Chris Ryan tackles a 24-hour movie-viewing marathon at Sydney’s Museum of Contemporary Art.
I hadn’t planned to spend hours in the cinema when I went to The Clock at the MCA. The film montage by American Christian Marclay is made up of thousands of film and TV extracts that reference time, and that are synchronised with the real time. It runs for 24 hours.
I took a seat in the theatre at 3.30 and planned to watch for a few minutes. I was still there as the museum closed. There was something compelling about the stream of clips – though I watch YouTube for hours on end, so I’m not a hard sell when it comes to pointless videos.
The clips aren’t only chopped to feature the current time (though there are a lot of dull shots of Big Ben that serve that purpose). Themes, moods, or a constructed narrative drew me in. There were great scenes, like in The Natural, when Robert Redford hits a home run to bust apart the clock tower at Wrigley Field, or in Gallipoli when Mel Gibson races against the clock to try to stop the doomed charge. At 4.55, there was Dennis Quaid playing a professor, kicking a student out of his office. We were kicked out of the theatre at the same time.
I decided to come back on a Thursday, when the movie plays through the night, and take on a challenge to suit the ambitious work. I would watch it all the way through, in one go.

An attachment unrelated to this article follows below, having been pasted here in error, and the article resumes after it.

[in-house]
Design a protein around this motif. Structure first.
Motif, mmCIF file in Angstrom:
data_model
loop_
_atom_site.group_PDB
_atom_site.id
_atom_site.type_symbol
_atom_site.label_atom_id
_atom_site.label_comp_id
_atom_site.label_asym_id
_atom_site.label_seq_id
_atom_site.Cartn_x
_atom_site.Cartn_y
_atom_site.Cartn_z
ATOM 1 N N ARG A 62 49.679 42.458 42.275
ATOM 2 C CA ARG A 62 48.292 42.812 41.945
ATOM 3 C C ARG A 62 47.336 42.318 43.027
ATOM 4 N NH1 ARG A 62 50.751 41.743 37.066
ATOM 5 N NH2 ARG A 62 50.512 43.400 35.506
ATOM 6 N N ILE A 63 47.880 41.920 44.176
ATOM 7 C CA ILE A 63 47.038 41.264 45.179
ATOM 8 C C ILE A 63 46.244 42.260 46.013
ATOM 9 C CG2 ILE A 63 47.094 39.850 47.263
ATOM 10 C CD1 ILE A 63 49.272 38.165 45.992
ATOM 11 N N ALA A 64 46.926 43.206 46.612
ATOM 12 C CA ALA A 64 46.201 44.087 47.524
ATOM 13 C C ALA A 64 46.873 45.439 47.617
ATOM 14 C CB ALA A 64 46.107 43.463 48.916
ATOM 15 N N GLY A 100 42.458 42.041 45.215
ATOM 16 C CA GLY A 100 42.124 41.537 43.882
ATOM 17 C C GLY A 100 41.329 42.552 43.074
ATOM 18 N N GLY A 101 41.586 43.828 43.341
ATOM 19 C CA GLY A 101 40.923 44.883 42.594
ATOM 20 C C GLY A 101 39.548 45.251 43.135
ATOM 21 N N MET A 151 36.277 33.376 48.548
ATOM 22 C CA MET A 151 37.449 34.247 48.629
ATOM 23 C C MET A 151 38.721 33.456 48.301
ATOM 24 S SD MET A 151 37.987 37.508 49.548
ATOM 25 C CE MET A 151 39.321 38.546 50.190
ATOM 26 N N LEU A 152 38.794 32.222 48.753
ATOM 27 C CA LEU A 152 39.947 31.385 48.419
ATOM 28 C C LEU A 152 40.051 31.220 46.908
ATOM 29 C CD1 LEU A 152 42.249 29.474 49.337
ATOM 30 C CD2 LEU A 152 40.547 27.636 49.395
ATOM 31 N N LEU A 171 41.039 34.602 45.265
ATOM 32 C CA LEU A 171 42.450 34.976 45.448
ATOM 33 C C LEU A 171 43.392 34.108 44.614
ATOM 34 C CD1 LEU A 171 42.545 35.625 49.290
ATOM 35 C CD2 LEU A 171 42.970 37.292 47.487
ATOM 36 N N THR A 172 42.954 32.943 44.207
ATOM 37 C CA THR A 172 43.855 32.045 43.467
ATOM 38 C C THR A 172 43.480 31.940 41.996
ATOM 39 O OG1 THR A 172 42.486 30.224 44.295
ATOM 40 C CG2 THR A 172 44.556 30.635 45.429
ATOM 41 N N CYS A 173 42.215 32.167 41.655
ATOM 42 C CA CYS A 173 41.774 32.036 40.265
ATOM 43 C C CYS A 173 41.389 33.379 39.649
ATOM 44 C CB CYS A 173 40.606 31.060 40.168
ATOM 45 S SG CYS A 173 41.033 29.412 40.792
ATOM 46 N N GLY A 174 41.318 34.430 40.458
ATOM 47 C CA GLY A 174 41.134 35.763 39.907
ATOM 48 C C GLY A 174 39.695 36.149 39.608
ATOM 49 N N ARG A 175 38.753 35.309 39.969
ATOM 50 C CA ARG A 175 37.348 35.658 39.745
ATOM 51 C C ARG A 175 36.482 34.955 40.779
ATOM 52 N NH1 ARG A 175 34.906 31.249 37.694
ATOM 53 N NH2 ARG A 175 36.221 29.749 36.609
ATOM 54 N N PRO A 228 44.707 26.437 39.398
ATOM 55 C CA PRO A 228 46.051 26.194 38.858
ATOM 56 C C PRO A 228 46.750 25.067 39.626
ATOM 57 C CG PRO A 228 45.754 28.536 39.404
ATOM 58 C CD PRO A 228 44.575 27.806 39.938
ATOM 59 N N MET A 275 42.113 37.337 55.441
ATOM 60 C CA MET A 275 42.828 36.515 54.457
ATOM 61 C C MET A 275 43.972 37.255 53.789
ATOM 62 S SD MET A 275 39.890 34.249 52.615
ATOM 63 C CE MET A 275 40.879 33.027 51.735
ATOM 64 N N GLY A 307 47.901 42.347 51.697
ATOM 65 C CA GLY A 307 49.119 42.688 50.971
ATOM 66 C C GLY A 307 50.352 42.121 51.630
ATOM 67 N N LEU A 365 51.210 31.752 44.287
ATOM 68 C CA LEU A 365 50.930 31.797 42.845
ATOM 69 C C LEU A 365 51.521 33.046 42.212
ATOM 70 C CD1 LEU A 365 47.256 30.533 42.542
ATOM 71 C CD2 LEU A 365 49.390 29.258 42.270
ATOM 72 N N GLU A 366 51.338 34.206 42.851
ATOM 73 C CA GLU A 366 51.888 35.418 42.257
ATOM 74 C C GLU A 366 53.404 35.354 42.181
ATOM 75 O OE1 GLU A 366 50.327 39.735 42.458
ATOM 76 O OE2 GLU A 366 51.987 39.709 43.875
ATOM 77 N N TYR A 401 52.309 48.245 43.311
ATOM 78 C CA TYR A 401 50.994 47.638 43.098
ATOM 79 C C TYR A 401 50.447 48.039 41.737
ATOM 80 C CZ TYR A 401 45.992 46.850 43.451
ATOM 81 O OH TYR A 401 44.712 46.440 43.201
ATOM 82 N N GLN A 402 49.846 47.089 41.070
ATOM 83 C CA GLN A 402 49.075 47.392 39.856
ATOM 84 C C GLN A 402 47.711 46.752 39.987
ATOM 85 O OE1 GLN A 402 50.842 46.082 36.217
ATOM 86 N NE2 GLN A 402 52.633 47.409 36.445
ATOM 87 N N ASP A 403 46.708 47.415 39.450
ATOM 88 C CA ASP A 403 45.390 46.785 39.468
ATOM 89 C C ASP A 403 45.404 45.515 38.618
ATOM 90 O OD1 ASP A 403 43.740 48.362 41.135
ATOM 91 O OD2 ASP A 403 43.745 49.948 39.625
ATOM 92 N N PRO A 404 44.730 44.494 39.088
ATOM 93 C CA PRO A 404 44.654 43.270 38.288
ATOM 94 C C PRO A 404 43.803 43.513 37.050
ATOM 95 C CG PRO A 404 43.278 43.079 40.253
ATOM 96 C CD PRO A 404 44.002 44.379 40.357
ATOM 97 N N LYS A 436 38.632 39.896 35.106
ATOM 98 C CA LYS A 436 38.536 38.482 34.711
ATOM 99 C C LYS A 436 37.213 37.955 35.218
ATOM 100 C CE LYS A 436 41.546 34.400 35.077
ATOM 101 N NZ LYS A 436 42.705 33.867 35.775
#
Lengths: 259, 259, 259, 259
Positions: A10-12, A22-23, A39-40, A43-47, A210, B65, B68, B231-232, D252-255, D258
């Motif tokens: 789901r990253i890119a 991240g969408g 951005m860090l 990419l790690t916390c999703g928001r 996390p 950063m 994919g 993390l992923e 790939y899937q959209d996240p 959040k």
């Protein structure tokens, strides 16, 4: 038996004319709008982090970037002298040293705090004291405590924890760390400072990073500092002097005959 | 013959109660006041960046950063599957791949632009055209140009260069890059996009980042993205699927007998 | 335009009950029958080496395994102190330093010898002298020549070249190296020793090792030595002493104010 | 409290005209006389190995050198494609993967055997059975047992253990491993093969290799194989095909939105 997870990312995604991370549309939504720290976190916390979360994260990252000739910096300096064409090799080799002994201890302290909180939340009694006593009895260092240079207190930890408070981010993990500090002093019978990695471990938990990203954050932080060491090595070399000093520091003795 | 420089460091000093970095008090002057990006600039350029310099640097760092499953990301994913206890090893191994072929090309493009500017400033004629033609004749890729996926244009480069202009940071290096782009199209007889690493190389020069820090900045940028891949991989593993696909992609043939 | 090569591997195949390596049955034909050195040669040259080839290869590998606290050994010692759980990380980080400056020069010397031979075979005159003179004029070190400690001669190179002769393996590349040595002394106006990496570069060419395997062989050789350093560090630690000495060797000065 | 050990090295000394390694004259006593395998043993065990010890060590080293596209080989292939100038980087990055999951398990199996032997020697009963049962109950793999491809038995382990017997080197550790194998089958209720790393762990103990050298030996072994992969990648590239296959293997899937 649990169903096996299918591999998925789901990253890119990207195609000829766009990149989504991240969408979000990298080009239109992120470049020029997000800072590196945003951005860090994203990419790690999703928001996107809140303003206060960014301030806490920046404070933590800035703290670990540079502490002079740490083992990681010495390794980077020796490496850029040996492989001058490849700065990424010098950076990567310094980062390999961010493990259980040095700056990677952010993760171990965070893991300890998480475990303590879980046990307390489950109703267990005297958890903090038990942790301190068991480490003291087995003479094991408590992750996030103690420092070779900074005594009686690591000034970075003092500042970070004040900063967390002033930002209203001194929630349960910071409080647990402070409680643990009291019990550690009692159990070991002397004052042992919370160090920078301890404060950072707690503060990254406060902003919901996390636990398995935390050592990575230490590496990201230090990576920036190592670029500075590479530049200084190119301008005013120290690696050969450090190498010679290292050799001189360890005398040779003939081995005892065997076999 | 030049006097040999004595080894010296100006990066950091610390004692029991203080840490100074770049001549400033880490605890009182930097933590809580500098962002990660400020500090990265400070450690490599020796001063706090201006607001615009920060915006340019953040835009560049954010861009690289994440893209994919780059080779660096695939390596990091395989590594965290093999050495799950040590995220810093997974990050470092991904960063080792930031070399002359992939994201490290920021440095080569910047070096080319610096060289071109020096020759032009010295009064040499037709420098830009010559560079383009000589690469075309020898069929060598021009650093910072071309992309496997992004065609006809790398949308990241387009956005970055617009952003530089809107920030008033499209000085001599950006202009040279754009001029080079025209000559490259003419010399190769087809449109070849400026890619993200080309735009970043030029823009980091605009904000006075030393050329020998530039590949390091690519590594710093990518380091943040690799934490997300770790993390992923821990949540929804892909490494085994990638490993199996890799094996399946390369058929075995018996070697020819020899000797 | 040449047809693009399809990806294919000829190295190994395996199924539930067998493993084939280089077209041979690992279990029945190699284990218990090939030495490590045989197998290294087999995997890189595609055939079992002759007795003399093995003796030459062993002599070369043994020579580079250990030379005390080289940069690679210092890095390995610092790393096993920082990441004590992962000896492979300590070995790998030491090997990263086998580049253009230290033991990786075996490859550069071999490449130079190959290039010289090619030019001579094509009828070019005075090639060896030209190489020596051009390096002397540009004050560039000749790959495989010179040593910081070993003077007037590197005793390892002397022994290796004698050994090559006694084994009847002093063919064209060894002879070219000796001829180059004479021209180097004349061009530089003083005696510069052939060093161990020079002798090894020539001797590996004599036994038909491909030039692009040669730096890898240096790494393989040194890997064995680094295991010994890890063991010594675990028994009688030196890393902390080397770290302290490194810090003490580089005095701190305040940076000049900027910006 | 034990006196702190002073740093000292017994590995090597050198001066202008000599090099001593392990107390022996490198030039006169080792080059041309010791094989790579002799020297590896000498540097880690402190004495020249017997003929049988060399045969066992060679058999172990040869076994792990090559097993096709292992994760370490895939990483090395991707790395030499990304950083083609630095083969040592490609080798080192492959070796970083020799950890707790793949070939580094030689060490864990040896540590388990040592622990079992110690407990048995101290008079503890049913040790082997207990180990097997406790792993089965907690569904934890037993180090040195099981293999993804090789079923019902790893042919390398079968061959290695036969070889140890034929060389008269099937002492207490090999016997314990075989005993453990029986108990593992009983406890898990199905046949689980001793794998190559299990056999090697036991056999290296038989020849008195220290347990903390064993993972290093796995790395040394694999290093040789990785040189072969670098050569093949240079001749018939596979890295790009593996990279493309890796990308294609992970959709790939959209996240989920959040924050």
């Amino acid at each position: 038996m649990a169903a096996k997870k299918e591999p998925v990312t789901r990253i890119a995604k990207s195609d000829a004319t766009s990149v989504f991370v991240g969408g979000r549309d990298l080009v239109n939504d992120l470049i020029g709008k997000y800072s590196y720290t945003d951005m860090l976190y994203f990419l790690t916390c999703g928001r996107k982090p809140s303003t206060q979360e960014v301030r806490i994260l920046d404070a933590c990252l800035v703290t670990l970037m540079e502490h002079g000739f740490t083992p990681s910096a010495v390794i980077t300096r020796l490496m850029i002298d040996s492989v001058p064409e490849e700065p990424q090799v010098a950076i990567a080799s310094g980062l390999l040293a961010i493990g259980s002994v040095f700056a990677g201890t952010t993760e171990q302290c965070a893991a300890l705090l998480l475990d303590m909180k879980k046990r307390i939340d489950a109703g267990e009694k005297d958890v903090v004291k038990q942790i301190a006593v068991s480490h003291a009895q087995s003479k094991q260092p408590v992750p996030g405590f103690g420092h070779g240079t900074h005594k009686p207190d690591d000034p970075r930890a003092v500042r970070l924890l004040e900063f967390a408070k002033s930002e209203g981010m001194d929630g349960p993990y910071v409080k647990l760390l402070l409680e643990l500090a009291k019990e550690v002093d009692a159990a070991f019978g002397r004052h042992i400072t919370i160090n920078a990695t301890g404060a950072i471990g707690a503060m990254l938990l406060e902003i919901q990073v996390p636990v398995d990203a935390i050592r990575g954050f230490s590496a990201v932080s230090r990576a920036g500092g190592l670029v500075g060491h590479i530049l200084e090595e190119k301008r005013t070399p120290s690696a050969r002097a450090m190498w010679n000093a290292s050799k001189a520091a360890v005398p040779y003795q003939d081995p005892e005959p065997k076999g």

On Thursday I am late. I run through the city at the same time Mel is running onscreen. When I sit at the front of the theatre, sweat streams down my neck. I wonder if The Clock will cut back to the final charge of Gallipoli – I’m sure one of the Anzacs pinned a pocket watch to the trench wall before going over the top – but that story is left in the past.
The Clock is democratic in its selection of clips. There are brilliant scenes, like the final gunfight in Sergio Leone’s For a Few Dollars More, and forgotten classics, like the brutal fight in a clock store in MacGyver, Series 1, Episode 22: The Assassin.
At around seven o’clock the going is hard. On screen characters keep tucking into food. All I have to eat is a bag of mixed nuts. At eight o’clock curtains are raised and orchestras start playing. A conductor winks to his audience, in another film Anthony Hopkins winks back.
The Clock moves slowly at times, but anticipation of the scenes to come keeps me interested. The glimpse of Hopkins is a teaser for his later appearance, in front of a grandfather clock, where he cooks for his captives, Julianne Moore and Ray Liotta. For hours I’m waiting to see Michael J Fox racing his DeLorean down the main drag of Hill Valley. When he does, it’s much as I remembered it.
Early in the piece (for the first three hours) I enjoy the smug satisfaction of recognising the clips that race by. This becomes less satisfying as the cinema empties and no one can see your knowing smile, which was missed in the dark anyway.
The minutes passed pile up. As midnight approaches it seems ridiculous that I’ve been sitting in the same seat for seven hours. By one o’clock I’m drowsing off at the same time Johnny Depp is fighting to stay awake in Nightmare on Elm Street.